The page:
The top of the roasting pan is still quite warm to the touch. Good sign that the little, ruptured fat molecules are busy doing their job of adding flavor and the meat is getting more tender. Well, I can dream can’t I? I haven’t eating since yesterday afternoon and the temptation to tear away the towels and make short work of the aromatic brisket is almost overpowering. My wife came out of the bedroom and asked, “what the devil is that smell?”


As I am writing this I am trying to decide how I will cut the meat. Should I leave it alone, maybe just a little piece off the side to see if it’s edible? Or should I slice it, pull it, or half it and take part to a neighbor who has a sick wife. I guess those decisions can be made in steps. First, I will see if it’s edible. I’m busy typing and wiping my chin.

Maybe I should check my email to see if my Liberian inheritance is ready for to be pick up or my enhancement capsules have been shipped. (Just kidding). Or, I could write another chapter to my next book, about a bunch of Einsteins that are synthesizing overlapping segments of a completed sequence of genomic DNA and the ordered stitching together of the four DNA bases. Aha, it’s time to go and taste the meat.


I removed the aluminum cover, the towels and the plastic wrap. I was happy to see that the plastic wrap was intact and peeled away easily. The meat is quite tender and can be easily pulled. I can’t make up my mind if the flavor is right. I won’t say that it’s sour, but there seems to be a little tinge of sourness to the flavor. I can’t put my finger on it. But just tearing pieces off the flat end, I guess I won’t know until I get into the main part of the meat. Of course, the outside would have a much stronger flavor than the inside will. All in all, I would say my experiment was successful. There is still plenty of juice inside the meat. It is not dry at all. There is no trace of the rub, at least I can’t see any. It probably washed away when I started basting it with the marinade.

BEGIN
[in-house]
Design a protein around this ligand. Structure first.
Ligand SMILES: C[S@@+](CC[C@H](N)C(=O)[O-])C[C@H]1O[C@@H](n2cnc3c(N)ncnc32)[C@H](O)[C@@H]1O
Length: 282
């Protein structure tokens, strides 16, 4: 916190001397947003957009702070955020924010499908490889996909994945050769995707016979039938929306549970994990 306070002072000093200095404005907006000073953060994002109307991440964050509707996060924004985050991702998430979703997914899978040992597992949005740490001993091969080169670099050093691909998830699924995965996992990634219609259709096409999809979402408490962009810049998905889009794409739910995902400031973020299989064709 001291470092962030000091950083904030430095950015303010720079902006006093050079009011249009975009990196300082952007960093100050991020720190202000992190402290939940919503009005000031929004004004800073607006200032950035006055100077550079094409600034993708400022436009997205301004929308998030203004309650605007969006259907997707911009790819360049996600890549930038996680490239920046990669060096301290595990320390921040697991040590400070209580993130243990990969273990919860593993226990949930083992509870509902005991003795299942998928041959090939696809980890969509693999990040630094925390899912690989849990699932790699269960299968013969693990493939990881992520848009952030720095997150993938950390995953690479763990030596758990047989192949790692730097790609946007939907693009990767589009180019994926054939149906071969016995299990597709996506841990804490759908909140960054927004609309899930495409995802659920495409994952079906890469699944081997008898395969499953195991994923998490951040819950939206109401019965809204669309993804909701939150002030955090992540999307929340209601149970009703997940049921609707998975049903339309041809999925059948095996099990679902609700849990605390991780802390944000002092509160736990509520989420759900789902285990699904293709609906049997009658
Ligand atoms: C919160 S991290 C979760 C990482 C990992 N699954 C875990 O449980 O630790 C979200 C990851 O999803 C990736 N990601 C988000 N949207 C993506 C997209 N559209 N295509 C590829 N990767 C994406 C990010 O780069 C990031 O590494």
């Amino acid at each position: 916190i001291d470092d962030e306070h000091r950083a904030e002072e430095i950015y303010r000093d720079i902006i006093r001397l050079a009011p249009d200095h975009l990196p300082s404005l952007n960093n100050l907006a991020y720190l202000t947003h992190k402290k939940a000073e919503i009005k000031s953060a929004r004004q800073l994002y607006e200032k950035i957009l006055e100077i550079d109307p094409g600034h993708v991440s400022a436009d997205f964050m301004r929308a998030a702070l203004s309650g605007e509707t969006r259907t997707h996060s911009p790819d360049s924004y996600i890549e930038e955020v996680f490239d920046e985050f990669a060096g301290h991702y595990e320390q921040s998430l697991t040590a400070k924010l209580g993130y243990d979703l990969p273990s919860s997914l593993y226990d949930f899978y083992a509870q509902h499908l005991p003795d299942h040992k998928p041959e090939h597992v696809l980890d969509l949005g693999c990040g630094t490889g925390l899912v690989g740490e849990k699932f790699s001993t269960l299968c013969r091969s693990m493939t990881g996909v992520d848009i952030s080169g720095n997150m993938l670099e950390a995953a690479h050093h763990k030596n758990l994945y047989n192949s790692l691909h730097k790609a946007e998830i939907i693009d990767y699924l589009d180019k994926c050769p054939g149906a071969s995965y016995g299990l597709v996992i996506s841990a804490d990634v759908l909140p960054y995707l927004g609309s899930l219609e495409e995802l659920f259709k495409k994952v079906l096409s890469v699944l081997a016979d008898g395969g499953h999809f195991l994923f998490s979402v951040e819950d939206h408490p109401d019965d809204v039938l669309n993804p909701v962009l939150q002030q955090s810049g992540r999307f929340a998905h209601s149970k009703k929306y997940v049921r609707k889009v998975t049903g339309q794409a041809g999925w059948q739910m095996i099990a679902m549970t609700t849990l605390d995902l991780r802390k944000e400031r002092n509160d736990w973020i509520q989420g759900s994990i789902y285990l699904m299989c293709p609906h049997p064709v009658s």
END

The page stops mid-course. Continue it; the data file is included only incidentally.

I couldn’t stand the suspense, so I went back to the kitchen and cut the brisket in half. Even with a sharp knife the meat started coming apart. The middle of the brisket, all the way through was moist and tender. I could easily cut it with a fork. No kidding. And I was right. The sourness I found on the outside was completely missing under the surface. The meat was tender, moist and delicious. I am very proud of myself. My first, real smoked brisket was a fantastic success. Now, it’s time for lunch.

Part Two – Two years later

Saturday, February 16, 2013 at 7:15 am:

This was my second attempt at a pulled brisket. The first attempt, two years ago, turned out to be a huge success. Beginner’s luck? I was about to find out.

I had misplaced Jeff’s cooking procedures so I just winged it this time. My wife, who detest the taste of beef, really like it and had been bugging me for months to do another one. The dogs are two years older, and their odor hasn’t improved at all.

I began this experiment by acquiring a fresh, 6.7 pound brisket on February 10, and leaving it unfrozen in the refrigerator until last night, much smaller than the previous one. I totally forgot about marinating the meat, or cutting squares in it as I did the last time. Oh, well… it will make the experiment more interesting.

In searching for brisket cooking instructions, (I did not find my previous article until today). I settled on 9.5 hours. That may have been a bit long for a brisket of that size, but I wanted to get some smoke on it during the first two hours, and I planned on sleeping past 6:00 am, Saturday.

My cooking device is a Masterbuilt 20070910, 30 inch, electric smokehouse smoker with a refrigerator style door and a digital head. The same one I used two years ago.

If you are a novice like me, this unit, or one similar to it, is an excellent beginner’s smoker. I don’t think you can screw up unless you do something entirely off the wall. I am not much of an experimenter when it comes to cooking, I usually follow instructions to the letter.